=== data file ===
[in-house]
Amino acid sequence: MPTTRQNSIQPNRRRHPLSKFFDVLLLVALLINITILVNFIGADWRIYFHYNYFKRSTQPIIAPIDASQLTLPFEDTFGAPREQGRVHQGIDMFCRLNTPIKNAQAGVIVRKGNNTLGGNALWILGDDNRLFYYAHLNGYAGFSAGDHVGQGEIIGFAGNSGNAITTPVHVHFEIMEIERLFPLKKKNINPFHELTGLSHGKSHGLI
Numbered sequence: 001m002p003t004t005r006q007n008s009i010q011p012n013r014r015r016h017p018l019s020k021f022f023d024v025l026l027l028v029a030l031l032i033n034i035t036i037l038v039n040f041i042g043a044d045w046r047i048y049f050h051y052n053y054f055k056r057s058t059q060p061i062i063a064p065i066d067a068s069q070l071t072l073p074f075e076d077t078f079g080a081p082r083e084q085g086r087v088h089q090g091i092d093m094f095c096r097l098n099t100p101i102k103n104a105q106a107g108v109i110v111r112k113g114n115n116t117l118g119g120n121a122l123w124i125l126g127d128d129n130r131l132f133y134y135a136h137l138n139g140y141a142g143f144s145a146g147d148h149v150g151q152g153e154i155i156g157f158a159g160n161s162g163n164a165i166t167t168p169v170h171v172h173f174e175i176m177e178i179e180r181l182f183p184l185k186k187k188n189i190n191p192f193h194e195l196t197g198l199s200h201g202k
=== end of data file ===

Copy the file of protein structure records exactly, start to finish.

[in-house]
Amino acid sequence: MPTTRQNSIQPNRRRHPLSKFFDVLLLVALLINITILVNFIGADWRIYFHYNYFKRSTQPIIAPIDASQLTLPFEDTFGAPREQGRVHQGIDMFCRLNTPIKNAQAGVIVRKGNNTLGGNALWILGDDNRLFYYAHLNGYAGFSAGDHVGQGEIIGFAGNSGNAITTPVHVHFEIMEIERLFPLKKKNINPFHELTGLSHGKSHGLI
Numbered sequence: 001m002p003t004t005r006q007n008s009i010q011p012n013r014r015r016h017p018l019s020k021f022f023d024v025l026l027l028v029a030l031l032i033n034i035t036i037l038v039n040f041i042g043a044d045w046r047i048y049f050h051y052n053y054f055k056r057s058t059q060p061i062i063a064p065i066d067a068s069q070l071t072l073p074f075e076d077t078f079g080a081p082r083e084q085g086r087v088h089q090g091i092d093m094f095c096r097l098n099t100p101i102k103n104a105q106a107g108v109i110v111r112k113g114n115n116t117l118g119g120n121a122l123w124i125l126g127d128d129n130r131l132f133y134y135a136h137l138n139g140y141a142g143f144s145a146g147d148h149v150g151q152g153e154i155i156g157f158a159g160n161s162g163n164a165i166t167t168p169v170h171v172h173f174e175i176m177e178i179e180r181l182f183p184l185k186k187k188n189i190n191p192f193h194e195l196t197g198l199s200h201g202k